Salt

Salt can make or break any meal.

Salt is arguably the most important and common ingredient in cooking – its role in flavoring alone could win it this title. But it’s also a diversely functional antimicrobial preservative with chemical and nutritional properties and that humans can’t do without.

Without salt, ice cream wouldn’t freeze, pasta would stick, bread would rise too quickly, cast-iron would rust, french fries would taste lackluster and pickles wouldn’t pickle. It adds texture, tenderizes, draws out and helps maintain moisture. Just the right amount of salt can transform a dish by enhancing, minimizing or balancing flavors.

Most chefs try to get away with adding as much salt as possible to a dish – and will encourage you to do the same. That's because learning the tricks and characteristics of salt can make you a better cook. Since understanding its characteristics and how to use it is an imperative skill, we asked a few local chefs to share recipes, tips and tricks to help you make the most of this essential ingredient.

Tips for Using Salt at Home

The science of salt offers us so much more than flavor. Use these tips and tricks in your kitchen to get the most out of your salt cellar.

Salt storage containers. Store your salt near the stove so it’s easy to reach in a salt pig (an open-mouthed container) or salt cellar (a slightly smaller vessel either open or lidded). Salt is antimicrobial and doesn’t require a lid, although it should be protected from humidity.

How to properly salt food. Season food properly by sprinkling salt from about 12 inches above, like rain falling down over the surface.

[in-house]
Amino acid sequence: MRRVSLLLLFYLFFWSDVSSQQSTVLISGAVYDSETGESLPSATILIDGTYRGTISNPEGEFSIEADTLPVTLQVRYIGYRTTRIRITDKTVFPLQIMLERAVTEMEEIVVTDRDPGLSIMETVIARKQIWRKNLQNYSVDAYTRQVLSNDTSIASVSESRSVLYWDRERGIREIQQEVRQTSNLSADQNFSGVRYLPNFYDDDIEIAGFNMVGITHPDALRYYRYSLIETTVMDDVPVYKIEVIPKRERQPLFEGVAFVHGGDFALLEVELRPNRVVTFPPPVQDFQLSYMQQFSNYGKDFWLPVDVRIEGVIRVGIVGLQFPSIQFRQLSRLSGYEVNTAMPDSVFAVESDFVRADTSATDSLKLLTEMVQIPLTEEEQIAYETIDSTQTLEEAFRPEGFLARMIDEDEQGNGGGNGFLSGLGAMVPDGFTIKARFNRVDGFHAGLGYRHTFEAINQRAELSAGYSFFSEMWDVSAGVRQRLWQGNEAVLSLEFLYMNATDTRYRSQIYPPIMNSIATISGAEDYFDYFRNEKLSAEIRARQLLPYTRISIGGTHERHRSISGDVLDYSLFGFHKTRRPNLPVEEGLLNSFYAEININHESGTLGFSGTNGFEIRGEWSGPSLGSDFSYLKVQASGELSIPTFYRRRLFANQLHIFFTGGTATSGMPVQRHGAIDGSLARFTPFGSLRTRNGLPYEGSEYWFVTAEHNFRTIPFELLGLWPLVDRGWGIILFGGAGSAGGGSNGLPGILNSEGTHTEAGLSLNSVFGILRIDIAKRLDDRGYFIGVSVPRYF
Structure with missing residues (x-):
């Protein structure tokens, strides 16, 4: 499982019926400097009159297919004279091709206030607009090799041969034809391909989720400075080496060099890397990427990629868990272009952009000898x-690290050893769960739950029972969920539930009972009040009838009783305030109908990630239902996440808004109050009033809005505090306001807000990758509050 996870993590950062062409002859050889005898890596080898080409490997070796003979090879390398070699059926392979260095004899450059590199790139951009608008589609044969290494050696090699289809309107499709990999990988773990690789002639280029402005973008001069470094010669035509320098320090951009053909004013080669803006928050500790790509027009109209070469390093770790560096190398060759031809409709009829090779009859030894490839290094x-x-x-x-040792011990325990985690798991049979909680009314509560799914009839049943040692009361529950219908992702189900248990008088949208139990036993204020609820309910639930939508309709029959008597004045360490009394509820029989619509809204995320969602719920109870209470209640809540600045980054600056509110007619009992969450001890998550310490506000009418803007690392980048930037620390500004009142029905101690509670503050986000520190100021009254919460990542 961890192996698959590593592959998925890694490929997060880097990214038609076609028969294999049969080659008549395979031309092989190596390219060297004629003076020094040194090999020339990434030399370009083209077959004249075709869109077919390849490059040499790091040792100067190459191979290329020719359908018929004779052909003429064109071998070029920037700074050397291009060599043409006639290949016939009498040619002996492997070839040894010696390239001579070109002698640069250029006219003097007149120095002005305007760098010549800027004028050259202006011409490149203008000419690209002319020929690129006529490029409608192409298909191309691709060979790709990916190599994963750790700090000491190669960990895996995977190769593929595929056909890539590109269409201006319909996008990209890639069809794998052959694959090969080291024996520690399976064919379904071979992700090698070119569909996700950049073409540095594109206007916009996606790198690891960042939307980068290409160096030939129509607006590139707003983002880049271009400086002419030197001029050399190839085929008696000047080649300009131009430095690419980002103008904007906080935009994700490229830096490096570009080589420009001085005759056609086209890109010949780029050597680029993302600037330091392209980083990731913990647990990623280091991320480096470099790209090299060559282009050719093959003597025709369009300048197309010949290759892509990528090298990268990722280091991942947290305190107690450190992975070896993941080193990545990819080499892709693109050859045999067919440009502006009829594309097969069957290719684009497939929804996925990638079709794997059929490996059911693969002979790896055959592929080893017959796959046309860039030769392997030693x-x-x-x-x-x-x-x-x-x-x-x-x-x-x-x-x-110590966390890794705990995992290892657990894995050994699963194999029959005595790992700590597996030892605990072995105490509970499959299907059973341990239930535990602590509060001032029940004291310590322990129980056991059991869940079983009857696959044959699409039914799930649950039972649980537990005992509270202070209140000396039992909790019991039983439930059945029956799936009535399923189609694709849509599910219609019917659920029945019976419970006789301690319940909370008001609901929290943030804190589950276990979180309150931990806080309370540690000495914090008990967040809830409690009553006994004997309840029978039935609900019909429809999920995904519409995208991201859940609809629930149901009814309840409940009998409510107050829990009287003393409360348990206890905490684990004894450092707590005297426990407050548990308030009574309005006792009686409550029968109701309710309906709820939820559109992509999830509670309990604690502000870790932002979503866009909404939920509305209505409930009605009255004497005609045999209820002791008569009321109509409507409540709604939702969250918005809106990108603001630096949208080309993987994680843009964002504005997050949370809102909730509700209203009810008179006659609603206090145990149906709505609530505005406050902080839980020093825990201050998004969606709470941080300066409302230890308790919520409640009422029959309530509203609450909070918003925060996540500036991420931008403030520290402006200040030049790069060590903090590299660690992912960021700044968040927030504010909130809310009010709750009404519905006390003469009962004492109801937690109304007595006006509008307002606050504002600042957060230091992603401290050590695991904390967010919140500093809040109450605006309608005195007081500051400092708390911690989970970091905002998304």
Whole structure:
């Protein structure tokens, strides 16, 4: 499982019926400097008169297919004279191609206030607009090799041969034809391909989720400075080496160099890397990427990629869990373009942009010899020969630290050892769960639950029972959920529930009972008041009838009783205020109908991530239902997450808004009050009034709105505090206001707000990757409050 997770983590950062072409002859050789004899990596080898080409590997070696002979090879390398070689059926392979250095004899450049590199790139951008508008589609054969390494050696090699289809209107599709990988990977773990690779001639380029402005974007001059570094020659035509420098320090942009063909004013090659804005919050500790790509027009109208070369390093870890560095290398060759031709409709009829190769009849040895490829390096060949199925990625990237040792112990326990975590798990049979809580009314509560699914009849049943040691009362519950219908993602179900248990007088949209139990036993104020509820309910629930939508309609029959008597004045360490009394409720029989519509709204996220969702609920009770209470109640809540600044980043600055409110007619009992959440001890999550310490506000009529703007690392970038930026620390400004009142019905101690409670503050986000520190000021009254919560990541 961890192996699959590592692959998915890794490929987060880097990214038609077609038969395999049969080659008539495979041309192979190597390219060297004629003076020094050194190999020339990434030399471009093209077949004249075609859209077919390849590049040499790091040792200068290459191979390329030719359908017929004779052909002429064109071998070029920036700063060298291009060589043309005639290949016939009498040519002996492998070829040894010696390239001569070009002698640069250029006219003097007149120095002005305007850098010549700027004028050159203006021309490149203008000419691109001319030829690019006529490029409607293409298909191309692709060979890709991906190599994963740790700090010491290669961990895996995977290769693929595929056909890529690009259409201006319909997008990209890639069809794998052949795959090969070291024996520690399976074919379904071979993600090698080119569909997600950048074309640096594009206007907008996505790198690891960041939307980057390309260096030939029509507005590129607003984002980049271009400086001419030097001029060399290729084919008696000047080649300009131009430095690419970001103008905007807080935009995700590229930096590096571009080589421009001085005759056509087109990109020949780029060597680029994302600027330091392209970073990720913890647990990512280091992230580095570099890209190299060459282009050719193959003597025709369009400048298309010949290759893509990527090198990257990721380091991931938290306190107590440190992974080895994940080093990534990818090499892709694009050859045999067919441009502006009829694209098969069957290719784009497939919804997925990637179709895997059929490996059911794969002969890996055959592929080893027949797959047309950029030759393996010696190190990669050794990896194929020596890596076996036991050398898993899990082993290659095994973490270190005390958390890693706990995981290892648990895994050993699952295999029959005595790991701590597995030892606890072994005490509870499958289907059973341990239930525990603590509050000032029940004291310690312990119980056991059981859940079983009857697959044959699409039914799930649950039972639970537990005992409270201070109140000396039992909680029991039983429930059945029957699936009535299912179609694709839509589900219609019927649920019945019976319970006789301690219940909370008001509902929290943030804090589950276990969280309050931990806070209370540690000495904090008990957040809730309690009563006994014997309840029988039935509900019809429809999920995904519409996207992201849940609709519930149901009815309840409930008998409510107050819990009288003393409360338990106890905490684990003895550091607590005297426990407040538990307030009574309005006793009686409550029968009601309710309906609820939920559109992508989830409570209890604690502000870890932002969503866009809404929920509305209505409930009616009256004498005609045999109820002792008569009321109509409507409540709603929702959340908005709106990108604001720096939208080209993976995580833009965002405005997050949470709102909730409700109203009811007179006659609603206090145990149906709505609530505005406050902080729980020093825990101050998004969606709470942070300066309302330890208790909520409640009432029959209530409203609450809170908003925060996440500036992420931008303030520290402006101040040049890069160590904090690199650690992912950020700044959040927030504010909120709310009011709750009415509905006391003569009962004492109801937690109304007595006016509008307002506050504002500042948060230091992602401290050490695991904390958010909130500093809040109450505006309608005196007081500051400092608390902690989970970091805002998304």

How to make flavored salt at home. Choose whatever flavors, seasonings or herbs (rosemary, garlic, onion, celery seed, chile powder, etc.) you desire and grind them together with salt using a mortar and pestle or spice grinder until coarsely crushed. Lay spice blend on a parchment paper-lined sheet pan to dry out any moisture created from crushing ingredients and store in an airtight container. Use flavored salts to enhance salads, french fries, croutons or cheese boards.

Deep cleaning a cast-iron skillet or pan. Cast-iron skillets and pans shouldn’t be cleaned with soap and water because the material rusts easily; instead, clean them with salt. Warm about ¼ inch of vegetable or grapeseed oil in your cast iron for about five minutes. Remove it from heat, discard oil and add the same amount of kosher salt to the bottom of the pan. Using a kitchen towel, rub salt around pan, pressing into bottom and sides, until rust or debris is removed.

Using salt to speed cooling. Understanding the chemistry of salt can help when you need to cool something quickly. Salt depresses the freezing point of ice and water, so you can make an ice bath with one pound of ice, ½ cup of salt and ¹⁄₃ cup of water. This works well for things like chilling room-temperature alcohol, cooling stews or soups before storage or thawing frozen meat.

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Mallory Gnaegy is a part-time journalist, full-time publicist and wannabe chef who takes food-inspired adventures, often on bike, and she never lives by the motto, "Don't write with food in your mouth."

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